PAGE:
Projects subject to EIA are often a source of conflict as different groups, proponents and stakeholders’ interests and values differ. Depending on the country or the province, some mechanisms for conflict resolution do exist in an EIA as the Bureau d’Audiences Publiques en Environnement (BAPE) in the province of Quebec or the alternative mediation step in the Canadian EA process where the mediator is in charge of producing the EIA report (2003,Wood, p72). In the USA, mediation in EIA is limited to administrative hearings in the review step and it is more of a law process than a real mediation. However, mechanisms exist for land and natural resources management disputes. Mediation can also be triggered in response to a lawsuit (including cases outside of the EIA context as in community disputes), or requested at the discretion of a responsible authority (RA). As mediation pertains directly to public participation, places lacking public participation in their EIA may as well lack mechanisms for dispute resolution.
According to Fred. A. Curtis (1983, p 18), the objectives of mediation in EIA are the following:
– Ensuring that all parties’ interests are represented
– Achieving an agreement that satisfies all the parties concerned
– Providing open communication between parties for future needs
– Reaching a consensus in a timely manner and at a low cost
– Guarantying that the community at large views the settlement as just and fair
Achieving these objectives in a conflictual context is for sure quite a challenge for which one must be prepared. Although there is a lot of literature on how to measure success in environmental mediation, and despite the fact that the field of mediation has been developing since the 1980’s , the specific skills and practical training needed to become an environmental mediator could use more visibility. Generally, the task of mediating is given to a specialized consultant or to a lawyer to guarantee neutrality, but still as mediation should start as early as possible, the skills required in mediation and facilitation are an asset for EIA practitioners involved with public participation: from participating in an information meeting to assessing socio-economic impacts to proposing mitigation measures and even monitoring.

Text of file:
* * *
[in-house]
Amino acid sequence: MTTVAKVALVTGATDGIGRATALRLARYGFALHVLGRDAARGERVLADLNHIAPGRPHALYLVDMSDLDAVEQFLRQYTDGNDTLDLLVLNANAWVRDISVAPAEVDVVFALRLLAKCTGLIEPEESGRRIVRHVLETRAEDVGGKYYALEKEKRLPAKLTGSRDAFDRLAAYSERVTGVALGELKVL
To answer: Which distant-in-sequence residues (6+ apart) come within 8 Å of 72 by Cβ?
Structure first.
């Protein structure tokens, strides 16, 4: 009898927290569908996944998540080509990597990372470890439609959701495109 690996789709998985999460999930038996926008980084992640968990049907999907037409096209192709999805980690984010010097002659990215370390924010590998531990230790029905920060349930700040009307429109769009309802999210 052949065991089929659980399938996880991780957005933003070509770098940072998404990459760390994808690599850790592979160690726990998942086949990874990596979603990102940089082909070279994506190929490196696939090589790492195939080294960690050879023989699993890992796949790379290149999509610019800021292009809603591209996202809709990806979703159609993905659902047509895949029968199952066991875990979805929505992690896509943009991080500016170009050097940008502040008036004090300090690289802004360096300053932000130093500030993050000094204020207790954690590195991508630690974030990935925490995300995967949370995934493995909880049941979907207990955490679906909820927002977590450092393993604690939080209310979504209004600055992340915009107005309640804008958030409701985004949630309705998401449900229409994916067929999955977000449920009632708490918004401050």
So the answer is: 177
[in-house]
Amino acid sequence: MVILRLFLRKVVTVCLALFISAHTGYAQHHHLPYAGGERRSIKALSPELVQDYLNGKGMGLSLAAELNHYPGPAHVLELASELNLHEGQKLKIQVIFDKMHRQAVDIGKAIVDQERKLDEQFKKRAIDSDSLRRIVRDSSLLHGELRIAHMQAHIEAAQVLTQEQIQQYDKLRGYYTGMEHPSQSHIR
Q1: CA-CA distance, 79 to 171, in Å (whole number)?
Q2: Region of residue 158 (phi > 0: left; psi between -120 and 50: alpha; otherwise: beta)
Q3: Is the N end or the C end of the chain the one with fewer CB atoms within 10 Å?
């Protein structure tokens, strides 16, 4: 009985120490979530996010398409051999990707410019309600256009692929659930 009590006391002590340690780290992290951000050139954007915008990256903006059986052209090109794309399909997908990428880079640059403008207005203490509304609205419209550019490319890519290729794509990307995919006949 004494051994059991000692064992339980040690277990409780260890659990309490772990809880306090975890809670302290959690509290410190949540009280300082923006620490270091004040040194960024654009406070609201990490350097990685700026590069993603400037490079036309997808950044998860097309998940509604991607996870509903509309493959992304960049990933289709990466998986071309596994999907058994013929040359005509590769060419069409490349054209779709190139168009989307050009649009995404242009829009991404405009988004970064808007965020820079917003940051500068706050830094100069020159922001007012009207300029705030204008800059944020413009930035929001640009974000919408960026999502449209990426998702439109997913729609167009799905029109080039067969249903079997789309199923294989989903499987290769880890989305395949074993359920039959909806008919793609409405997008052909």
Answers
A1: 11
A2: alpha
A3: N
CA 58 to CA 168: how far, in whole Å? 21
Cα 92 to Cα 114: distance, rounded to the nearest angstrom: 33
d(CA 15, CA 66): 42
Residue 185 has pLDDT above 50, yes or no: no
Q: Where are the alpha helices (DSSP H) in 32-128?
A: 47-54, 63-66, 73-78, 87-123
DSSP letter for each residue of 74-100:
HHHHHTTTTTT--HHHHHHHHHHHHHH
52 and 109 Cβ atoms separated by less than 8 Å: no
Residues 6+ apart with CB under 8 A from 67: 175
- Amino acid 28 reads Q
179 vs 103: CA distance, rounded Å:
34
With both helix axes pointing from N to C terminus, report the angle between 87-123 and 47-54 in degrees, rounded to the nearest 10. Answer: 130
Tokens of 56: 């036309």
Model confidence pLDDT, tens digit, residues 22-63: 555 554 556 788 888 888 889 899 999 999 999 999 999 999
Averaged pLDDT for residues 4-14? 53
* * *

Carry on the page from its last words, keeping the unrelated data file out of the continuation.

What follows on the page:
Moreover, a mediator is also an educator and in the context of climate change for instance, the mediator-facilitator has a mission toward science as Gail Bingham, senior environmental mediator and researcher, says: